Call of Duty has its roots in stories about war, but in recent years it has slowly drifted from that central theme. The last few installments have been just as much about espionage, political intrigue, and an increasingly convoluted cast of criss-crossing characters. Call of Duty: Infinite Warfare is setting itself in the distant future for a level of abstraction, but to hear Infinity Ward talk about it, they're attempting to get back to those roots of a strong war story. The studio is saying all the right things, but so far we haven't seen their ambitious goals bear themselves out in gameplay demonstrations.
That may be a simple matter of time. The gameplay itself has been limited to a selected portion of a stage, while the story's focus is centered on the passage of time. In a private session, the studio explained that this is meant to be a classic good versus evil war story, focusing on the maturation of your player character as he takes on the onus of responsibility and shifts his own priorities.
To frame this concept, it invoked the names of famous war films from the past several years, and the different messages and philosophies of war they represented. Black Hawk Down, they said, represented the idea that you watch over your brothers in arms and leave no man behind. Saving Private Ryan represented just the opposite, that the mantle of command means you prioritize the mission over the lives of your men and even yourself.
Infinite Warfare, then, is about one serviceman's transition from one philosophy to the other. Your character, Lieutenant Reyes, is thrust by circumstance into the captain's seat with his own command of thousands. Given Infinity Ward's examples, it's easy to see how the story will likely ultimately play out: Reyes will be forced to give up the lives of his crew, or his own, for some larger purpose. It's not an especially inventive story, but it has the potential to be striking as told over the course of an 8-10 hour campaign.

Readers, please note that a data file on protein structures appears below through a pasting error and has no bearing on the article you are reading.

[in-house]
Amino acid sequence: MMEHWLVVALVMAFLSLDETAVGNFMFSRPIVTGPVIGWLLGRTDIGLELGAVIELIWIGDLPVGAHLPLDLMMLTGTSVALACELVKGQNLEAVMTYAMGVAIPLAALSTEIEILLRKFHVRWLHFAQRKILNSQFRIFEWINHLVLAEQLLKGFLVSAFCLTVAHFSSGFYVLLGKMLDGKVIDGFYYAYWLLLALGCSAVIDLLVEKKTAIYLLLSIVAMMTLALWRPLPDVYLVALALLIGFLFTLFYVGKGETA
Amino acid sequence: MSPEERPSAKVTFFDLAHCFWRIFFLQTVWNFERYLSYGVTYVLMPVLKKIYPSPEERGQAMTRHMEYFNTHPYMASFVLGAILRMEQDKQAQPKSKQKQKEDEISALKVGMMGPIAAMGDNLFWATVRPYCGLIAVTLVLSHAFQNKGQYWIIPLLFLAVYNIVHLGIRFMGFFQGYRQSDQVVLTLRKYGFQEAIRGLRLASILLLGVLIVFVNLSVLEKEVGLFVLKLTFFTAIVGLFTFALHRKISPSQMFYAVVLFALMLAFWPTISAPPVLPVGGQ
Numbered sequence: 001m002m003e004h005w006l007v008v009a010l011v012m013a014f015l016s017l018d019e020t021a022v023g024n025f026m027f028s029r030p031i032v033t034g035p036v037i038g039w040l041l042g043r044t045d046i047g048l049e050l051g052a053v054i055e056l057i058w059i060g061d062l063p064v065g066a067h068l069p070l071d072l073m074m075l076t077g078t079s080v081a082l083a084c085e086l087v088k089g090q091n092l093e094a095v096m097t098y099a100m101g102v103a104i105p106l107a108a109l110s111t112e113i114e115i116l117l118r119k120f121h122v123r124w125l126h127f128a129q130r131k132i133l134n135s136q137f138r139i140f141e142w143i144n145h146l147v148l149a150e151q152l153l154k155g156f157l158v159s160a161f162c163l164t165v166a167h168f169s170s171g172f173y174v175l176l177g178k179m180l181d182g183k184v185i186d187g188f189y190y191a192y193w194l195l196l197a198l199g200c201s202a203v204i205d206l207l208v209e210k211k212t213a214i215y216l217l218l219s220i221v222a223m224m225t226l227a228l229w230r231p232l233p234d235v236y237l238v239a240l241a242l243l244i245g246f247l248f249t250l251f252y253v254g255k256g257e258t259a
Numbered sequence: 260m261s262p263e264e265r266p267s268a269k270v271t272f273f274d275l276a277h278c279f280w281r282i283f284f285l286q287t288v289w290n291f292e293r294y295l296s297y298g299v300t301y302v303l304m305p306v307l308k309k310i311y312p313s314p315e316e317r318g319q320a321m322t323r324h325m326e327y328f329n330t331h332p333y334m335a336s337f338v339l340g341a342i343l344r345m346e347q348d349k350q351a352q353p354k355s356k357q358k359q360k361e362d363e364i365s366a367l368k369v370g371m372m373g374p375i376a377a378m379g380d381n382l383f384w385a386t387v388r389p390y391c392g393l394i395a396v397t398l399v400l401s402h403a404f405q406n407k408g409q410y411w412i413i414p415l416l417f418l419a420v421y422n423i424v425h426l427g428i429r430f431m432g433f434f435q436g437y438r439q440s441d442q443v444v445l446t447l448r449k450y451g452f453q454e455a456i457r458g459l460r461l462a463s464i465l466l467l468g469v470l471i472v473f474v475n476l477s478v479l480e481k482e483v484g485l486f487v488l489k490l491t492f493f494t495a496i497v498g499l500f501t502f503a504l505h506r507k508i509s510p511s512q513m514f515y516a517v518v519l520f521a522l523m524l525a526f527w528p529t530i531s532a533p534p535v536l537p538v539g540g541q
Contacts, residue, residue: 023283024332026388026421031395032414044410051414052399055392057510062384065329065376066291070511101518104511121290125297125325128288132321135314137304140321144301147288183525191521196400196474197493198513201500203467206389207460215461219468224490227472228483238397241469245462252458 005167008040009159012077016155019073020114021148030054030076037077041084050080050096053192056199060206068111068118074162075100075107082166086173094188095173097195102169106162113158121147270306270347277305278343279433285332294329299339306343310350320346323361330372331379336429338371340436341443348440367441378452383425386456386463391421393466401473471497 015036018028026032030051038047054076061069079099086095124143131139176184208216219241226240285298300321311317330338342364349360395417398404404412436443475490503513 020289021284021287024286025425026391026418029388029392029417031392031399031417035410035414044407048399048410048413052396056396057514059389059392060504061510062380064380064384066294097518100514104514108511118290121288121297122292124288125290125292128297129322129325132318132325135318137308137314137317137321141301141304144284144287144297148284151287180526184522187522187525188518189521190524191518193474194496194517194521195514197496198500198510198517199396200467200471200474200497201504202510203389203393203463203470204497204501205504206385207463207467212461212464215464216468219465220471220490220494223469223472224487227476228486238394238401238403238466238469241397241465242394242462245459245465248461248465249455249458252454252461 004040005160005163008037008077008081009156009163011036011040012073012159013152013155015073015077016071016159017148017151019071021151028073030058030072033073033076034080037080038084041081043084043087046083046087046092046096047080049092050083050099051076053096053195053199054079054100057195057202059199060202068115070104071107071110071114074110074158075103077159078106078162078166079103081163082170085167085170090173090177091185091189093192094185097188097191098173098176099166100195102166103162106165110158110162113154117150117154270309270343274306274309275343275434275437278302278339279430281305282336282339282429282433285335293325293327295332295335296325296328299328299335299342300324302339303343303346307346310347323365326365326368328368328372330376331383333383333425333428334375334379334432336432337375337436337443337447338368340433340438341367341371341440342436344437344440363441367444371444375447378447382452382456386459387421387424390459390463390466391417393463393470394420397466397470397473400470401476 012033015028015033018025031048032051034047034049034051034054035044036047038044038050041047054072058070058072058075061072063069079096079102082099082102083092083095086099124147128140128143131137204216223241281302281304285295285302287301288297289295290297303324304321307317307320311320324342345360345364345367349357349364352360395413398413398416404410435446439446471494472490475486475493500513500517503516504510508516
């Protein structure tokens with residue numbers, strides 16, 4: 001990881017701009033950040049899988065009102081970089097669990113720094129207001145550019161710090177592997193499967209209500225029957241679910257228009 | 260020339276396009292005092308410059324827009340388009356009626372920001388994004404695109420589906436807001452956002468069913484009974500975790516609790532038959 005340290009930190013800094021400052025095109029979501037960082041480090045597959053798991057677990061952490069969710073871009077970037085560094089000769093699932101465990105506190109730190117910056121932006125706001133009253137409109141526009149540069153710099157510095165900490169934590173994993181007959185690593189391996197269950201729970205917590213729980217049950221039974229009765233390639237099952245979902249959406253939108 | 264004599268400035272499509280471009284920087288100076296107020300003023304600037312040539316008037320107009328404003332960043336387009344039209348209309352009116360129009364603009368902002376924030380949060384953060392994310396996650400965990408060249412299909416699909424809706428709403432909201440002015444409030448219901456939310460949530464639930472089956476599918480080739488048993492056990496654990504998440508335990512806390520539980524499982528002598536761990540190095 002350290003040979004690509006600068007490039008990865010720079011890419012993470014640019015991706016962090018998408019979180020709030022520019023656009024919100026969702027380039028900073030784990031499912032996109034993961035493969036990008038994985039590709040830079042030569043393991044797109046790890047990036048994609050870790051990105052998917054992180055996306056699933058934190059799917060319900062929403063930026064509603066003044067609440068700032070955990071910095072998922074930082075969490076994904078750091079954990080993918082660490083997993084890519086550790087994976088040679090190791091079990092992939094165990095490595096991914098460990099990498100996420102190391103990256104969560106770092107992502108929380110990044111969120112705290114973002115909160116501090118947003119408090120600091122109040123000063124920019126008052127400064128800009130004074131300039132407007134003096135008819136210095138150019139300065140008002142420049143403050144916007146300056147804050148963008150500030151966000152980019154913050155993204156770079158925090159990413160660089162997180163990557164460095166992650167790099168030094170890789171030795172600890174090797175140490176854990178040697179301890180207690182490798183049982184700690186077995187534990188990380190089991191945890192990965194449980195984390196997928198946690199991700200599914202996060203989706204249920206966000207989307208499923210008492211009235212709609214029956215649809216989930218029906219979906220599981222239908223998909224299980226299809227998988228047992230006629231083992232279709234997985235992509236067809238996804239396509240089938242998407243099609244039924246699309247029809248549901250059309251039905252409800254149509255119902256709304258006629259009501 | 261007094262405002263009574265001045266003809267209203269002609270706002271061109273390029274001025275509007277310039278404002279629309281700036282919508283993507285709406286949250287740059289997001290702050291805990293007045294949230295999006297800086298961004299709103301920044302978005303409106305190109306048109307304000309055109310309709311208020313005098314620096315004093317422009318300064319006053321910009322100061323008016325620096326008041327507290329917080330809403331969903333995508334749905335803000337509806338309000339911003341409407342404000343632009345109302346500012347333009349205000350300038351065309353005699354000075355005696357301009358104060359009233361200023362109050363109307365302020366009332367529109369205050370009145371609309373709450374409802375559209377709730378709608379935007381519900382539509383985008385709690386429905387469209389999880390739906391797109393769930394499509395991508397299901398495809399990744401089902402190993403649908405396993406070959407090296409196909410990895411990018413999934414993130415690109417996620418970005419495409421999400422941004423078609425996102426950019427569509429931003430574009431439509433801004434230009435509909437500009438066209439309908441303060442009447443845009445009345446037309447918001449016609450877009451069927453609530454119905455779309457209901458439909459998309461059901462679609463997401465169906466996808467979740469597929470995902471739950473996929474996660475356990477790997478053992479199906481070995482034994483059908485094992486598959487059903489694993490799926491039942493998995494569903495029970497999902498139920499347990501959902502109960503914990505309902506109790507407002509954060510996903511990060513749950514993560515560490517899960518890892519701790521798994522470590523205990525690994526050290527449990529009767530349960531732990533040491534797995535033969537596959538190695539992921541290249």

That said, the gameplay we've seen so far has been very much the same Call of Duty action we've come to expect, with very little time for thoughtful reflection. In a private demo, we saw the initial attack that kicks off the war spectacle, taking place during the future's version of Fleet Week. The enemy targeted the U.N.'s fleet when they would be densely packed and assured heavy casualties, leading to Reyes taking the command.
As a hands-off game demo, though, it was well-paced and had the polished Call of Duty sheen. The quiet, rain-soaked streets of Geneva looked fantastic, and the large setpieces hit with all the explosive impact one would expect. To my surprise, the piloted segment appeared to be less on-rails than I had expected. It seems Call of Duty's push to the future is more complete than I'd given them credit for at first glance. That doesn't change the core gunplay, though, which seemed largely unchanged--aside from the ability to remotely hack certain robotic enemies.
It will remain to be seen whether Call of Duty's increasingly sci-fi focus retains its dominance in the market over Battlefield, which is going very much in the opposite direction this year by visiting a further point in the past. And as a series that is so lauded for its multiplayer, with a significant portion who don't even finish the single-player campaign, the story isn't really the most influential factor in its success. But Infinity Ward clearly cares, and that's a start. I'm holding out hope that their passion is reflected in the game itself.
This Call of Duty: Infinite Warfare preview was based on a pre-release hands-off demo of the game at an event where food was provided by Activision.